“The sentinel of the freshwater wetland is the cypress tree,” says Cahoon. “They are the first to die when a freshwater wetland becomes salinized.” Cahoon notes that after 2000, “We saw a surge in cypress tree die-offs in many of the creeks” of the Cape Fear — including areas like Smith Creek, which can be seen from Martin Luther King Jr. Parkway — after the shipping channel was deepened 4 feet from mouth to port. “Those trees grew when the marsh was freshwater and they died as the marsh became salinized, so they are a good indicator of change over time.”
Professor Cahoon gives me a basic primer on how deepening the river channel causes an increase in salinization. “A deeper channel means the volume of sea water that can enter the river increases. Because we have tides, the water sloshes up and down the river, and one of the effects that you can have is an amplification of the tidal range at the top of the estuary. You’ve got all this water sloshing upstream toward downtown Wilmington, and when it gets there, it runs into all these small river channels and creeks. We have seen a significant increase in the tidal amplitude at high tide in downtown Wilmington.”
Though it seems counterintuitive, droughts also allow for an increase of intrusion. When river flow drops due to drought, he explains, the freshwater volume is replaced by salty ocean water. Cahoon says there is reliable data that shows during major drought events, like the one we had in 2007, salinity levels increase as far up as the confluence of the Cape Fear River and the Black River, which is several miles downstream from Lock and Dam Number One. “Most of the time,” he says, “you don’t have a lot of saltwater much above the northern edge of the city since salinity levels vary with the river flow.” But many areas have detectable salinity much of the time. “You can taste the river by the Battleship — though you may not want to — and you’ll find it’s slightly salty.”
In addition, a recent study published in the September 2016 issue of “Geophysical Research Letters” indicated that the deepening of the Cape Fear River has dramatically increased the effects of tides and storm surge along the riverbank. Models indicate that storm surge from a category five hurricane in the 19th century, when the shipping channels were half their current depth, would have been around 12 feet. Currently, it is estimated at 18 feet.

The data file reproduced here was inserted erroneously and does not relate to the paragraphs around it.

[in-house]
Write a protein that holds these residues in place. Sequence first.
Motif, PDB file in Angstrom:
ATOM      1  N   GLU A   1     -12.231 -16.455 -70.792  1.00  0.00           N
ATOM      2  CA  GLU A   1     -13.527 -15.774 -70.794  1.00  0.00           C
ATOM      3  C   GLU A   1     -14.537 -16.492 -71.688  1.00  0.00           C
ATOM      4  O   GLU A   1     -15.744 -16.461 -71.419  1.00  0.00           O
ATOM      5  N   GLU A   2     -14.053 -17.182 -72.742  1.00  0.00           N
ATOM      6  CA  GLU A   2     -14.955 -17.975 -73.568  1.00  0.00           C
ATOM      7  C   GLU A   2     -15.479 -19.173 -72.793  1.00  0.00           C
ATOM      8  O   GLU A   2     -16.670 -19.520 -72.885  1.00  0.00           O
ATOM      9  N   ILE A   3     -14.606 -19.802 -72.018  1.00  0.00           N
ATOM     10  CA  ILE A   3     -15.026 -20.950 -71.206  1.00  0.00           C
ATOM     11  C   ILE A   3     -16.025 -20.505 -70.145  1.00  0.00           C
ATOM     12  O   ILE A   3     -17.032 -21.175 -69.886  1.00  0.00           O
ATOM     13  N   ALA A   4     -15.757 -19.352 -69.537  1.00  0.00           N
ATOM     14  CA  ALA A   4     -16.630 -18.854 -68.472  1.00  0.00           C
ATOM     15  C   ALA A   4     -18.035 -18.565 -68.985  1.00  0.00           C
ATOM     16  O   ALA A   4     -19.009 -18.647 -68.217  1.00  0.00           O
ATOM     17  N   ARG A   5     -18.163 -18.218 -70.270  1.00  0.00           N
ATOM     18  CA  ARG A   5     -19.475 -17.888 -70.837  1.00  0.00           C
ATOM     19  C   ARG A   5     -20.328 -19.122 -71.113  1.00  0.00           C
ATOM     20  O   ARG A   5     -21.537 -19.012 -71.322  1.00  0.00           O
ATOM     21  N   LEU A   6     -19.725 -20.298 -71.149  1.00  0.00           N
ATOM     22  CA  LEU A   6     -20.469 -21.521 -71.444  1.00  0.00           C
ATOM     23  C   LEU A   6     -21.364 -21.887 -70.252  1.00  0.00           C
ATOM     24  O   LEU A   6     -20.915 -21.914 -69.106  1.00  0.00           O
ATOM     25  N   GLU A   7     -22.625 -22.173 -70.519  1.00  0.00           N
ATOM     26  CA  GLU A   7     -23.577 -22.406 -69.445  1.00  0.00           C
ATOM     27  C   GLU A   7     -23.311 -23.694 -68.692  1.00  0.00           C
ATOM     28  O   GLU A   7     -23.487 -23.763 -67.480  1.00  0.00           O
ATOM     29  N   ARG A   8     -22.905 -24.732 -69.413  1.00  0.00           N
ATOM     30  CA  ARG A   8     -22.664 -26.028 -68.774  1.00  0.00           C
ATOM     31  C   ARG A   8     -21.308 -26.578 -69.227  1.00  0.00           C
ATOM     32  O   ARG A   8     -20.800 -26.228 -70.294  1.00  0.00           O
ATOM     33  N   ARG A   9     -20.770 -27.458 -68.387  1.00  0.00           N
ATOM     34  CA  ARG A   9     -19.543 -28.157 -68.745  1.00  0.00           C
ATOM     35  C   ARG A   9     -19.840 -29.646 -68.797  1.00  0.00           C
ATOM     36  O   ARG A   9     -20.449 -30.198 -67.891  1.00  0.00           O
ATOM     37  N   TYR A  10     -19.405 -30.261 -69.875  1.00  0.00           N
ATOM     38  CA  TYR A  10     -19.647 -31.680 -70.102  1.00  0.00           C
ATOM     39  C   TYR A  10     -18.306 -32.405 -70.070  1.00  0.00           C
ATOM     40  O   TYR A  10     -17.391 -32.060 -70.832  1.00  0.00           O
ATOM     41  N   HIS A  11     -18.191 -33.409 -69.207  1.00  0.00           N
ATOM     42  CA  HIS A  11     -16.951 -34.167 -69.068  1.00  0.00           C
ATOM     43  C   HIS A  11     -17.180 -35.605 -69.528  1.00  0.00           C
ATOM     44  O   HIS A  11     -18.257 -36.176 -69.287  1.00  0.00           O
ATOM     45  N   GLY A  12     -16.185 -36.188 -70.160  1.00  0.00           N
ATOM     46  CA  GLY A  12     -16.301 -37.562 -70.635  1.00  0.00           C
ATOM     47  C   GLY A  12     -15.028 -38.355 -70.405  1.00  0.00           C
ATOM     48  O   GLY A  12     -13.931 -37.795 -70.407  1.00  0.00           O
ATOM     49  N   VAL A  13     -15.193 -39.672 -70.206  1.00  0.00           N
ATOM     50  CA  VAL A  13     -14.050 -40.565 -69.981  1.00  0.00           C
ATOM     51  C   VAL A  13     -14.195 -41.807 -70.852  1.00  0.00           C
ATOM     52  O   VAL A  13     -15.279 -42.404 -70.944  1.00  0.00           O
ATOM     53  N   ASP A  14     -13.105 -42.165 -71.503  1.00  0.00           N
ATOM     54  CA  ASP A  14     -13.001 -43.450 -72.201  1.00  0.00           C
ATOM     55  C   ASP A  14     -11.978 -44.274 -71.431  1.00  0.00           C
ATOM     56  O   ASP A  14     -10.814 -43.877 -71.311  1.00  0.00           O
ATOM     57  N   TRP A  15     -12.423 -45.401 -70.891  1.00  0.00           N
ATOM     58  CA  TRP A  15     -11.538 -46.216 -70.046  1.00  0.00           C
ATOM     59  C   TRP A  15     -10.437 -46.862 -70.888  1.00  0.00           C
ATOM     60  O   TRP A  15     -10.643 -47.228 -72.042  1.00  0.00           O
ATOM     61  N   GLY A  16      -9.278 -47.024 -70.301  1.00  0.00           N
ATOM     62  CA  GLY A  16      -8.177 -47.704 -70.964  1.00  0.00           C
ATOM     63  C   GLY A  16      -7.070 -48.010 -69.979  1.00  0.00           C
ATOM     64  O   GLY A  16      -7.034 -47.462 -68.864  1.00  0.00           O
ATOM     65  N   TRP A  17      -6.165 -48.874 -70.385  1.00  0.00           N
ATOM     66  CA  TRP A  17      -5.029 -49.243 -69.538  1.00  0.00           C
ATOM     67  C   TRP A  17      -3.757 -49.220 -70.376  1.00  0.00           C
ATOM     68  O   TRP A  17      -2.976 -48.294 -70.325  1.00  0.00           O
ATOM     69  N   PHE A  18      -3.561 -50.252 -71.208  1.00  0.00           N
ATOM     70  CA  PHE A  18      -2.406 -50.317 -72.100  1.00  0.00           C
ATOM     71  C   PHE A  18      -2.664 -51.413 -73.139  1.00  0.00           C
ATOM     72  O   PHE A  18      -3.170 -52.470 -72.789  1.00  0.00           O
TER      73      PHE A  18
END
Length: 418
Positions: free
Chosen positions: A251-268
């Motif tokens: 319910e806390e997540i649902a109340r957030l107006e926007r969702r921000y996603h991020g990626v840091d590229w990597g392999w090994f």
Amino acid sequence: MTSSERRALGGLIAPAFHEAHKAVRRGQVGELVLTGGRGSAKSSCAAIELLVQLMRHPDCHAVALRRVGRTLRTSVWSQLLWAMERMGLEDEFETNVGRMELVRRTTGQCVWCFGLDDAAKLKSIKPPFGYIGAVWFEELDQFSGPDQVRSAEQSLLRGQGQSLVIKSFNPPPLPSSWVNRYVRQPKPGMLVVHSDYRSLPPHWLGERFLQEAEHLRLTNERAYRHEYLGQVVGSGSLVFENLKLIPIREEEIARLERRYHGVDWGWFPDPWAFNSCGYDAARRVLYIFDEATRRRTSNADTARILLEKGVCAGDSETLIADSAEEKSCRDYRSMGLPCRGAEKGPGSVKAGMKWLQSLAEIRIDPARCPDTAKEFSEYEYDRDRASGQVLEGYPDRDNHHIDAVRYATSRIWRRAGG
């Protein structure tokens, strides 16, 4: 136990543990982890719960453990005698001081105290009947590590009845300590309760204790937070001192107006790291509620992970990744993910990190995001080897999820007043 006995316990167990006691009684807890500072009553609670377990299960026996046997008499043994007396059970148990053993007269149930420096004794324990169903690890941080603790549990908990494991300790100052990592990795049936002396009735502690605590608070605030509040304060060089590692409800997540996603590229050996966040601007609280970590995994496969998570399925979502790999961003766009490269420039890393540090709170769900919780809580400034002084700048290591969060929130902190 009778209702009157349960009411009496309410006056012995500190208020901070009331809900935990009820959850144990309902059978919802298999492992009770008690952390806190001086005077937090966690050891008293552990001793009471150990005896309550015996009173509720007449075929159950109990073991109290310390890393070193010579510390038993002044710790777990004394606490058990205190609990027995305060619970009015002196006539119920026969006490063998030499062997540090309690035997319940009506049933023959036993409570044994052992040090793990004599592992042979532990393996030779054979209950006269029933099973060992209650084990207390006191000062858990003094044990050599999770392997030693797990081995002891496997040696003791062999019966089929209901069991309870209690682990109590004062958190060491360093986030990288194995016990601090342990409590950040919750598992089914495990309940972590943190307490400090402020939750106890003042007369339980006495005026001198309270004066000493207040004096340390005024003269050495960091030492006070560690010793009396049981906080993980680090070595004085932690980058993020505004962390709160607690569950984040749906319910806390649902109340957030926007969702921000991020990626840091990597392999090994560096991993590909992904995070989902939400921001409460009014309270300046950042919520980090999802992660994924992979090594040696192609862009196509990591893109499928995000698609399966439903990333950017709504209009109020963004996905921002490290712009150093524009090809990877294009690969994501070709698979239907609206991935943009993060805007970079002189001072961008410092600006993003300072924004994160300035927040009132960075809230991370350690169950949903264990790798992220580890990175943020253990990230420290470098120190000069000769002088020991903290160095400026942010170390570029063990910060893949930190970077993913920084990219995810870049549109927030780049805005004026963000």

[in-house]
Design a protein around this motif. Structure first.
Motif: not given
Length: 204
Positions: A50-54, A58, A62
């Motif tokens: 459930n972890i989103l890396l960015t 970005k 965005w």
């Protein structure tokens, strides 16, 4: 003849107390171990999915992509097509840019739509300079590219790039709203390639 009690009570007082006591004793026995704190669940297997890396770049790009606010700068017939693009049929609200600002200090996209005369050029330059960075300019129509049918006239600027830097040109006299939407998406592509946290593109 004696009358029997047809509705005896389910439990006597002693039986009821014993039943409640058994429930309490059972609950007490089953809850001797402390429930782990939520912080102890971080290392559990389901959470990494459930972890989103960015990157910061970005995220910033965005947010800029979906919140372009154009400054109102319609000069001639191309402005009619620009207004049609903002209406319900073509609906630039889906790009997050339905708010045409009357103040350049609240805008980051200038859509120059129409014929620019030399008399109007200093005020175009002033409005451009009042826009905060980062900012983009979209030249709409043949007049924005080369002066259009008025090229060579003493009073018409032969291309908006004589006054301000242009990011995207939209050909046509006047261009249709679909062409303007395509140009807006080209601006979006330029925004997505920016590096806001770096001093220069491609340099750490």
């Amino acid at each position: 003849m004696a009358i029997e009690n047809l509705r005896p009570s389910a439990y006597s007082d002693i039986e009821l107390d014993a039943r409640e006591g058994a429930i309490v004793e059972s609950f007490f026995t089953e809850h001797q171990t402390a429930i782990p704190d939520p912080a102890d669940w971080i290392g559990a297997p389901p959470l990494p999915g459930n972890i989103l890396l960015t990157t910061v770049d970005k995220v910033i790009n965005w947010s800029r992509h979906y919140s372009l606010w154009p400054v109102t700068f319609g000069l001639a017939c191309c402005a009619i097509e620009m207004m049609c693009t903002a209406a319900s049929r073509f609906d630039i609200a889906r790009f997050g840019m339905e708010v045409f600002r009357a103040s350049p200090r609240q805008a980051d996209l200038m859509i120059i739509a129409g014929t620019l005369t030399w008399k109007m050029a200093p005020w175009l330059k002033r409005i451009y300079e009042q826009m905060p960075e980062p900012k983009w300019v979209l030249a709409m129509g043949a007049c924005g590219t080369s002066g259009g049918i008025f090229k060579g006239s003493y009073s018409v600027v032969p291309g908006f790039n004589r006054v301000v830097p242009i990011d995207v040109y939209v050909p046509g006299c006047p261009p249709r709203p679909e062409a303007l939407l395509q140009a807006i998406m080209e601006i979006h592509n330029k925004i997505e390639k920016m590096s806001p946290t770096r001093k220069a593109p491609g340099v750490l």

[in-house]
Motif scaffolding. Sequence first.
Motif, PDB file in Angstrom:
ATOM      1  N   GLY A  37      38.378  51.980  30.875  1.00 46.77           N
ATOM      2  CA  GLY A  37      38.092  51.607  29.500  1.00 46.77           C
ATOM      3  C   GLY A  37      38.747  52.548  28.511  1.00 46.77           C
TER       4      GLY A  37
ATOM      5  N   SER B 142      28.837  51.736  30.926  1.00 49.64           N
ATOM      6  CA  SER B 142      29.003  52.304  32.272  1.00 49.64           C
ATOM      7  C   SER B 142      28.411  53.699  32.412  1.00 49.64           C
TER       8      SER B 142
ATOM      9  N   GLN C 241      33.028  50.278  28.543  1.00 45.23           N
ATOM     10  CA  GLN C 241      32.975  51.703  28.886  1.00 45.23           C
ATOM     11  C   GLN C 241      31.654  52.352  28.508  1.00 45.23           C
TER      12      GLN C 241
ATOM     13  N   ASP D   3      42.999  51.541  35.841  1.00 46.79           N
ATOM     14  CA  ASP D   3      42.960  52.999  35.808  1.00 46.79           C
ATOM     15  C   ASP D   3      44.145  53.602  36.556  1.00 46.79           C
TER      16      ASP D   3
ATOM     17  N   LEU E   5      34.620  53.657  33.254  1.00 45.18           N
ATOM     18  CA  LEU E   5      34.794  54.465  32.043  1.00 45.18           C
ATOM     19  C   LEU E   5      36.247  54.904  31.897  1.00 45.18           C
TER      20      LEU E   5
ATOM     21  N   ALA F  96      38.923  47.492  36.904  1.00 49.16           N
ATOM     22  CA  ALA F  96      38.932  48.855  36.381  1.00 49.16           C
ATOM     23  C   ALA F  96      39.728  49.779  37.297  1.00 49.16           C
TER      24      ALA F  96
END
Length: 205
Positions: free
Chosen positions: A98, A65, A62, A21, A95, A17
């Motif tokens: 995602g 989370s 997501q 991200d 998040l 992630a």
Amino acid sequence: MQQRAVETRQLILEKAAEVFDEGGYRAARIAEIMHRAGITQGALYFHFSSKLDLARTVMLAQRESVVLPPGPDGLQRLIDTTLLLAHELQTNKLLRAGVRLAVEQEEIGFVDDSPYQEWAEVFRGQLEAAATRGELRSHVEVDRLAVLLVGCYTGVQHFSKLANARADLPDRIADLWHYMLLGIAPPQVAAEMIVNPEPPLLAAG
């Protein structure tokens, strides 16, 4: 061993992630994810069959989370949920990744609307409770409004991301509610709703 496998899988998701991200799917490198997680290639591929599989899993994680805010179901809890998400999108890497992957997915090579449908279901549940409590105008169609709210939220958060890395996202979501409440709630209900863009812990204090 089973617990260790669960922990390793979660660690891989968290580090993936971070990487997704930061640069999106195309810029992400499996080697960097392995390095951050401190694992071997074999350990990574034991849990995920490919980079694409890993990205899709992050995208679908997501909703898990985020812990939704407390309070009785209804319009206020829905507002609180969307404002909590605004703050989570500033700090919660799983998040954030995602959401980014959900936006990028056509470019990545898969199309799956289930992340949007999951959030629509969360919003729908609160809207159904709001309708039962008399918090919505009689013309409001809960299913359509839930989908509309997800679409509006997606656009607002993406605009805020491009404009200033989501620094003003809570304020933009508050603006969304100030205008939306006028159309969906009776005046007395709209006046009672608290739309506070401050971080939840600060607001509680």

Saltwater intrusion affects more than the natural world: It affects our infrastructure. “Along the coast, like in Carolina Beach, if you dig a hole, you are going to hit water sooner at high tide than low. The high tide actually raises and lowers the groundwater levels, so when you get a high tide there, it affects the groundwater levels. Our sewer pipes are in the ground,” says Cahoon. “When large tidal events like spring and king tides occur, the infrastructure in the ground is inundated with saltwater.” The same is true of storm surge. “Sewage is pretty corrosive as is, and saltwater makes it worse.”
Cahoon points out a few additional salient facts. “Saltwater contains sodium chloride as well as sulfate, which is a source of oxygen for anaerobic bacteria. So, when seawater enters a sewage system, the bacteria will use that sulfate as a source of oxygen. The byproduct is hydrogen sulfide, which smells like rotten eggs. So, what’s wrong with that? Hydrogen sulfide is very reactive, and it reacts with metal. It forms metallic sulfides, so the metal parts are degraded. In addition, sulfide reacts with the calcium in concrete and it actually will degrade the concrete they use to make manholes. If your manholes are exposed long enough, they will degrade and come apart.
“Some of our sewer pipes are built from materials that are not that tough. In New Hanover County we used a lot of cast iron pipes, which disintegrate. The countywide sewer system was installed in the late 1980s.” The average cost to install a sewer system in United States, says Cahoon, is a staggering million dollars per mile. “We have over 900 miles of sewer pipes in New Hanover County.”
Cahoon says that sea level rise will exacerbate all of these issues. “And whether you believe in sea level rise or not,” he laughs, “it believes in you, and it’s coming for you.”
It’s unclear what we can do to try to slow the effects of saltwater intrusion. After all, it’s hard to quickly recreate a wooded freshwater wetland once it’s dead or gone. What’s clear is that those ghostly cypress trees are telling us something, and we’d do well to listen.
Author Virginia Holman, a regular Salt contributor, teaches in the creative writing department at UNC Wilmington.